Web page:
Born at the Yerkes Language Research Center, Chantek was a beloved member of the Zoo’s orangutan population for 20 years, arriving at Zoo Atlanta in 1997. He was well-known for his knowledge of American Sign Language (ASL), learned prior to his arrival at the Zoo. Although he frequently used ASL to communicate with his caregivers, with whom he developed close personal bonds throughout his years at Zoo Atlanta, he was shy about signing with individuals he did not know and often chose forms of communication which are more typical of orangutans, such as vocalizations and unique hand gestures.
Chantek had a unique and engaging personality and special ways of relating to and communicating with those who knew him best. Zoo Atlanta was privileged to have him with us for 20 years and to have been given the opportunity to offer him a naturalistic environment where he could get to know and live with an orangutan family.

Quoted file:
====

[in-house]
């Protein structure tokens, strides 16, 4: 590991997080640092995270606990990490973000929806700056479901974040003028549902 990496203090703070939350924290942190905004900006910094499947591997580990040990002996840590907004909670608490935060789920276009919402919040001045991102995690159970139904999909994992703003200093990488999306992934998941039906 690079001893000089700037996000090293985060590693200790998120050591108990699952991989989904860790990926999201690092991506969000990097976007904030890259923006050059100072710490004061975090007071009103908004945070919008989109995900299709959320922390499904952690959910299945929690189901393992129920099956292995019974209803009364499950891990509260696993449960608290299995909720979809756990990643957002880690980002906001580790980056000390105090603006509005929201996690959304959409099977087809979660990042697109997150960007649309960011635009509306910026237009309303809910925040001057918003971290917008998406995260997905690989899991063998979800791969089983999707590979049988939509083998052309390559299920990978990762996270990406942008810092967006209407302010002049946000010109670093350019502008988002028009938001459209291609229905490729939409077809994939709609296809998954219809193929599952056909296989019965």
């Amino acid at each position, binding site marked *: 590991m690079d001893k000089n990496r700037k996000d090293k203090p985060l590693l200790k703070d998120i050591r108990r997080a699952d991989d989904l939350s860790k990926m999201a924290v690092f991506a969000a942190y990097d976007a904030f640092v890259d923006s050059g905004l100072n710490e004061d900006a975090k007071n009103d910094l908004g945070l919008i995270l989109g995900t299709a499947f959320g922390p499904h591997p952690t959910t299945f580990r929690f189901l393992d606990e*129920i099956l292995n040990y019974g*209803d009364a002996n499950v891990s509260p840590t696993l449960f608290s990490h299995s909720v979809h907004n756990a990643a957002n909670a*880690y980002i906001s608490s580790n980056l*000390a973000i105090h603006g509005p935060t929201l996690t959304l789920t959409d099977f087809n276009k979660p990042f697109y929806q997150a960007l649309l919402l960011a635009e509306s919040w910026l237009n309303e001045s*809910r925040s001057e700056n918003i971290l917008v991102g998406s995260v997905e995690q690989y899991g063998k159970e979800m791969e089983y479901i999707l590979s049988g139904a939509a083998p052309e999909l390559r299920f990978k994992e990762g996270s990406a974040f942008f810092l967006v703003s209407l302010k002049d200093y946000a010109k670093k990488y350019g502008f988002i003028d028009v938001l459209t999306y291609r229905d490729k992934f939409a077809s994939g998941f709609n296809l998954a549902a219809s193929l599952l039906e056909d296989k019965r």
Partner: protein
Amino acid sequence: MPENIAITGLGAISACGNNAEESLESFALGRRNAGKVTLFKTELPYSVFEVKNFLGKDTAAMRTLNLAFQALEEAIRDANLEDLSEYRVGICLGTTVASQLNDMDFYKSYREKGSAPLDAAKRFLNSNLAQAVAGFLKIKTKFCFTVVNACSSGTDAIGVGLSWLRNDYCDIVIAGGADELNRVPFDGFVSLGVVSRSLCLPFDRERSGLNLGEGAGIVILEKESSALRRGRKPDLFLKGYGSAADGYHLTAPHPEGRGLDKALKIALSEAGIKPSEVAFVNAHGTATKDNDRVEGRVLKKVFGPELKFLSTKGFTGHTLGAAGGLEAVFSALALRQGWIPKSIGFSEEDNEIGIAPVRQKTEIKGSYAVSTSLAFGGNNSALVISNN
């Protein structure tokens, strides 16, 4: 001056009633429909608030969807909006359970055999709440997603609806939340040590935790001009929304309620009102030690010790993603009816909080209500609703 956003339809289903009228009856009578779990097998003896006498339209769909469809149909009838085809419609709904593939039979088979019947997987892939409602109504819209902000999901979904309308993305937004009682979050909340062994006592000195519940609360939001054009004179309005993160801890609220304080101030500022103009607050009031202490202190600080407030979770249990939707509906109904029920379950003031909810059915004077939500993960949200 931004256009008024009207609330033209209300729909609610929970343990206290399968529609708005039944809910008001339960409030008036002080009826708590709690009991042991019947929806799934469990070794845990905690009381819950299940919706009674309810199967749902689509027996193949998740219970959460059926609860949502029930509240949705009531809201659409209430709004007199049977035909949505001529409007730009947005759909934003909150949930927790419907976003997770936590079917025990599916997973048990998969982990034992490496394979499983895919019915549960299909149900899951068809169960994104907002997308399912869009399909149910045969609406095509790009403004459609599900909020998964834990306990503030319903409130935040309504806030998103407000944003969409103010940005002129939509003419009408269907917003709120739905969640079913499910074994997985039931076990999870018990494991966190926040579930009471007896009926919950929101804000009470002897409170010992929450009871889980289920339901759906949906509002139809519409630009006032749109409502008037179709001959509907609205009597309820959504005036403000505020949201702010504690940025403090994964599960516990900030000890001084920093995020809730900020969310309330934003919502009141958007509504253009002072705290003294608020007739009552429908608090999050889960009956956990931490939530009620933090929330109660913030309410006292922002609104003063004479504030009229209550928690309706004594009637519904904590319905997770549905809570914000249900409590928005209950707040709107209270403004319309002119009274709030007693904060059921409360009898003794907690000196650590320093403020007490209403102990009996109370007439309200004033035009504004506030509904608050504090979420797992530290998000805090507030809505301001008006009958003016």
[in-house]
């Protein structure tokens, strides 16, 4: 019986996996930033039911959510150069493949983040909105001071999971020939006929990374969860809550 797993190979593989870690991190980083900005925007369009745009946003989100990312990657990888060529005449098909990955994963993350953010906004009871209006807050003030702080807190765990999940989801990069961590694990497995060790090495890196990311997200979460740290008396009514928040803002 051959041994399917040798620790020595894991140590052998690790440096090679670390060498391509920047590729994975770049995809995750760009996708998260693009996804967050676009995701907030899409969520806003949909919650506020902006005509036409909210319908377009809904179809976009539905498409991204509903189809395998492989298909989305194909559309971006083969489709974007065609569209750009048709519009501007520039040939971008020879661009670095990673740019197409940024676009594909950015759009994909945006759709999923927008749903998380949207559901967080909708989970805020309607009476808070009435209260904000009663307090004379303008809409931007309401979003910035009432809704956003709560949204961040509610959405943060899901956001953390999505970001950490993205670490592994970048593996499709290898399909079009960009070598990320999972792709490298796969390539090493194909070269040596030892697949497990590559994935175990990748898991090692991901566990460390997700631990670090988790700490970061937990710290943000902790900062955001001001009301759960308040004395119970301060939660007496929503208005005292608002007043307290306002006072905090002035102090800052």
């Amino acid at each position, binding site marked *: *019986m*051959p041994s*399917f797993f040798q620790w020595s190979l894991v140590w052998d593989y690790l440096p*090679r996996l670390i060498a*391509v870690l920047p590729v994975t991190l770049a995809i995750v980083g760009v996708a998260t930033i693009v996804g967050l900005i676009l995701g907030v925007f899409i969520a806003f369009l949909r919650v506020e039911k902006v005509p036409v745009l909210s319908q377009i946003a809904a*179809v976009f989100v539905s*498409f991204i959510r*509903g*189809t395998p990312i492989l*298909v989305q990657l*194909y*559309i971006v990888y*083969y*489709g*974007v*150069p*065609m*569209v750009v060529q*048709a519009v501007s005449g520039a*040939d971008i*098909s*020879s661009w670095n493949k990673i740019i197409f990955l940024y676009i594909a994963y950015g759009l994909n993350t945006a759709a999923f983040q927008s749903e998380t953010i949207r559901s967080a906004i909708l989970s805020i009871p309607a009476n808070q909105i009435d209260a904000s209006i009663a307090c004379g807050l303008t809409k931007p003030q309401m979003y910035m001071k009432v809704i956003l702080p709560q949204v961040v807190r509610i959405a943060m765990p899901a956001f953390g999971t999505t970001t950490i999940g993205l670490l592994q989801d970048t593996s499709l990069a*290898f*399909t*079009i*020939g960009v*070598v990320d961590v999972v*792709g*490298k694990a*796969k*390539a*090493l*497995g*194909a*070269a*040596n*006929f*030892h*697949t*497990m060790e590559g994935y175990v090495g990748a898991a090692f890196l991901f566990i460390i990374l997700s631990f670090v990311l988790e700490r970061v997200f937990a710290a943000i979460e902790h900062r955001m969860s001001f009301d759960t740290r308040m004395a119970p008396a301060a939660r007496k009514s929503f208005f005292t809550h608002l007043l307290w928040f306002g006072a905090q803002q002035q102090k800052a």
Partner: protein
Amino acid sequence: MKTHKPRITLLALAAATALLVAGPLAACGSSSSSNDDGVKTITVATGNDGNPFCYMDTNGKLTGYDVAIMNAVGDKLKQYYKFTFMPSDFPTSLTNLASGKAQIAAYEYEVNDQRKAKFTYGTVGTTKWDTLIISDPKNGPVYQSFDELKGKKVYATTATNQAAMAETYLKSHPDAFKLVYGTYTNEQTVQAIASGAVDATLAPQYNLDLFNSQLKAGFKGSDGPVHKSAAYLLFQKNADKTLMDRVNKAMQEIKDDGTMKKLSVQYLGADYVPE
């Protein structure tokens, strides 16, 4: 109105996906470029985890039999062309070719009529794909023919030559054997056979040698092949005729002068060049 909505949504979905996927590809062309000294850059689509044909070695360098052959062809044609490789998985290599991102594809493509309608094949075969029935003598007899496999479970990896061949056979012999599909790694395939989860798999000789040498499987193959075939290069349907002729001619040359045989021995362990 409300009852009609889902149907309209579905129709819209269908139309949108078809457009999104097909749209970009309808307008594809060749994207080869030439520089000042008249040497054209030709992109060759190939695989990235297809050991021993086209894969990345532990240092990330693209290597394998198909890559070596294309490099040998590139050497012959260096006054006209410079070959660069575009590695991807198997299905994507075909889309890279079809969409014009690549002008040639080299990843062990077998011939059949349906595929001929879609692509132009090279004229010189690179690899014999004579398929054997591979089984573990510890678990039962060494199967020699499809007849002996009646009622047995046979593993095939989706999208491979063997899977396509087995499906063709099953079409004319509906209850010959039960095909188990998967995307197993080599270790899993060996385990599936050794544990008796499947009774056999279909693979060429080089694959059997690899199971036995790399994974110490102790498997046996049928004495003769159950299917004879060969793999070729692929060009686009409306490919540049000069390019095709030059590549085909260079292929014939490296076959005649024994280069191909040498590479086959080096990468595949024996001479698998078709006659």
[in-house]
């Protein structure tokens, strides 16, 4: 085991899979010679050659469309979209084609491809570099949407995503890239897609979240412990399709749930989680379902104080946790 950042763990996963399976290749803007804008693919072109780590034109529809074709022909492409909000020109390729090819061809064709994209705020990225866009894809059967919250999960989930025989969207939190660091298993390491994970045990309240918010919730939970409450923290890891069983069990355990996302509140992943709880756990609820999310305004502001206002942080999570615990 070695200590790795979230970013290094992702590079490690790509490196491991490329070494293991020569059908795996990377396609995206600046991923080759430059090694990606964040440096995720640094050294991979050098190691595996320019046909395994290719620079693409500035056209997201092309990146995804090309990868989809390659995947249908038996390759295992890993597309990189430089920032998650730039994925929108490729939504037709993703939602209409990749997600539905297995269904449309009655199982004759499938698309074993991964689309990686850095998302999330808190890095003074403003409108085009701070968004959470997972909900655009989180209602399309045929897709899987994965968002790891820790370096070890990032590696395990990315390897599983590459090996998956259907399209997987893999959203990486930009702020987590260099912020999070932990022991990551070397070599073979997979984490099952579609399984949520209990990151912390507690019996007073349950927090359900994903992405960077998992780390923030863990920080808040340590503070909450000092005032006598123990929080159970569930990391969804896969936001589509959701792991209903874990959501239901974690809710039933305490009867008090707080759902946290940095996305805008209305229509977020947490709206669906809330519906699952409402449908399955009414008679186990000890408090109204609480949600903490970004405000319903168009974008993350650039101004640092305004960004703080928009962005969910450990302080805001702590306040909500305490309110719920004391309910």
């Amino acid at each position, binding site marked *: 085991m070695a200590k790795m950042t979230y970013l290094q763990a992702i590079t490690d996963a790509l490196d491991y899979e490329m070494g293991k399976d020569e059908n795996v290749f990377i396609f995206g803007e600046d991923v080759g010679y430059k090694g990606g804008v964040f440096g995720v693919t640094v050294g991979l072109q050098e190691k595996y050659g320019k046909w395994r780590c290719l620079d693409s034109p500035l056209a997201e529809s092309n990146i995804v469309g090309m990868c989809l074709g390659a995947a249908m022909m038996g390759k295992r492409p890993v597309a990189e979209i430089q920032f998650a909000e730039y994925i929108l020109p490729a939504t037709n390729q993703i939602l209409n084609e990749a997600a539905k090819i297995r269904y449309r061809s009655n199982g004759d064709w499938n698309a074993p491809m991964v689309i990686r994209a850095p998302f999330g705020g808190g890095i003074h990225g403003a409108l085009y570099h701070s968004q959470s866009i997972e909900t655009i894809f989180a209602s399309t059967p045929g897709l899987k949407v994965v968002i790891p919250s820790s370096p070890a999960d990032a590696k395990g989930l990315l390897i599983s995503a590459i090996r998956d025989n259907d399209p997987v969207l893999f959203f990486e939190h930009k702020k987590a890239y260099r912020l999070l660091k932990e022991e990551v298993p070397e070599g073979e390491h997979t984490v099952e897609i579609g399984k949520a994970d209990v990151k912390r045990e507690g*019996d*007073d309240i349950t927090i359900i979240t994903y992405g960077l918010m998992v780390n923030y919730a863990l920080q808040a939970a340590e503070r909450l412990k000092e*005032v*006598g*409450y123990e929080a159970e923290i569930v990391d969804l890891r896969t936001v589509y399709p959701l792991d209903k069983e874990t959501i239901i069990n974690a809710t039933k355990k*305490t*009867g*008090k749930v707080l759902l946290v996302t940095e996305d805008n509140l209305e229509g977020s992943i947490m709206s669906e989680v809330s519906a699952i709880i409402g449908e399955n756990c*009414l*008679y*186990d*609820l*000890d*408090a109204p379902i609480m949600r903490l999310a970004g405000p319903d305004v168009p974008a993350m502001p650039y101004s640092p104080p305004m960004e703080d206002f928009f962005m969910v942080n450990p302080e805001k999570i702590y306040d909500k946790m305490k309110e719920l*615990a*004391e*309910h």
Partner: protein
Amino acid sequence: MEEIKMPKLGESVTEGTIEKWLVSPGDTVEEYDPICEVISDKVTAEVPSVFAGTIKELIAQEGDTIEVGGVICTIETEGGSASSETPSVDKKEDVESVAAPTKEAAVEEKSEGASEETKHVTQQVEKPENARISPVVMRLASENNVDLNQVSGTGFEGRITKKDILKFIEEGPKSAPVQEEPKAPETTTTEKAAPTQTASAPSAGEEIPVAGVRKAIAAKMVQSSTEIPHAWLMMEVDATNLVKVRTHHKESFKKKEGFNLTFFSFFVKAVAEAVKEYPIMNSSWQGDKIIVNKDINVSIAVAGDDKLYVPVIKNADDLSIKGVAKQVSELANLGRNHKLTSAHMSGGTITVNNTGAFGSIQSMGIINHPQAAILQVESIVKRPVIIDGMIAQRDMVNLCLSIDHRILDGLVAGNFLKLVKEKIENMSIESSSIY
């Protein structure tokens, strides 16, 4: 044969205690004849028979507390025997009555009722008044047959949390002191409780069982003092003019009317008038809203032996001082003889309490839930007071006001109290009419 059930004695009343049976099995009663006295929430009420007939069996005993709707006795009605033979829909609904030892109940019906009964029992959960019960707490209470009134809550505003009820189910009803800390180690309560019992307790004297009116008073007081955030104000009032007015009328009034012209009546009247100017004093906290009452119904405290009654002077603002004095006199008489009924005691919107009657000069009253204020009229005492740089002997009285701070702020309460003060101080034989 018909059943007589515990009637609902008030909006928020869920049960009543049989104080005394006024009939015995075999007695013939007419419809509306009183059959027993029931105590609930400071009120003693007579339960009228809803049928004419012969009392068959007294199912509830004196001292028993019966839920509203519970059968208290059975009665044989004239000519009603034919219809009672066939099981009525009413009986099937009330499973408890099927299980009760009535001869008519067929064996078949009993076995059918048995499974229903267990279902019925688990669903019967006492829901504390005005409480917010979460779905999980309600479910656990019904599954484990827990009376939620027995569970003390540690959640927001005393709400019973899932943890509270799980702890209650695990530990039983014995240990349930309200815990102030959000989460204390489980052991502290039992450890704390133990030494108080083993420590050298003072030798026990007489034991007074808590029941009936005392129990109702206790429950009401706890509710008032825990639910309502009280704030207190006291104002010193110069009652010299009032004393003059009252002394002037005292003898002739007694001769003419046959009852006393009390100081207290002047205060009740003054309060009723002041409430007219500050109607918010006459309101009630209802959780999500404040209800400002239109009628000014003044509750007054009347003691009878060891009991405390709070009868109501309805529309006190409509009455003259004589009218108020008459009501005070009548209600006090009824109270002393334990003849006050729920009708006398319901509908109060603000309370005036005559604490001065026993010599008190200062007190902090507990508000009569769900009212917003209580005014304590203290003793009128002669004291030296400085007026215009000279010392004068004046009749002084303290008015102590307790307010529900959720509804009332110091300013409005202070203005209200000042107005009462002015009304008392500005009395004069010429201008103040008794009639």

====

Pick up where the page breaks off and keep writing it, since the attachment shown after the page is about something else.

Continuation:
In addition to forming bonds with his human caregivers, Chantek also formed close relationships with other orangutans at Zoo Atlanta. The other members of his group were adult female Madu, infant Keju and juvenile males Dumadi and Remy. Chantek particularly enjoyed play with the younger males, especially Dumadi, who could often be seen with or near him in the group’s Asian Forest habitat.
At 39, Chantek was one of the oldest living male orangutans within the North American population overseen by the Association of Zoos and Aquariums’ (AZA) Orangutan Species Survival Plan.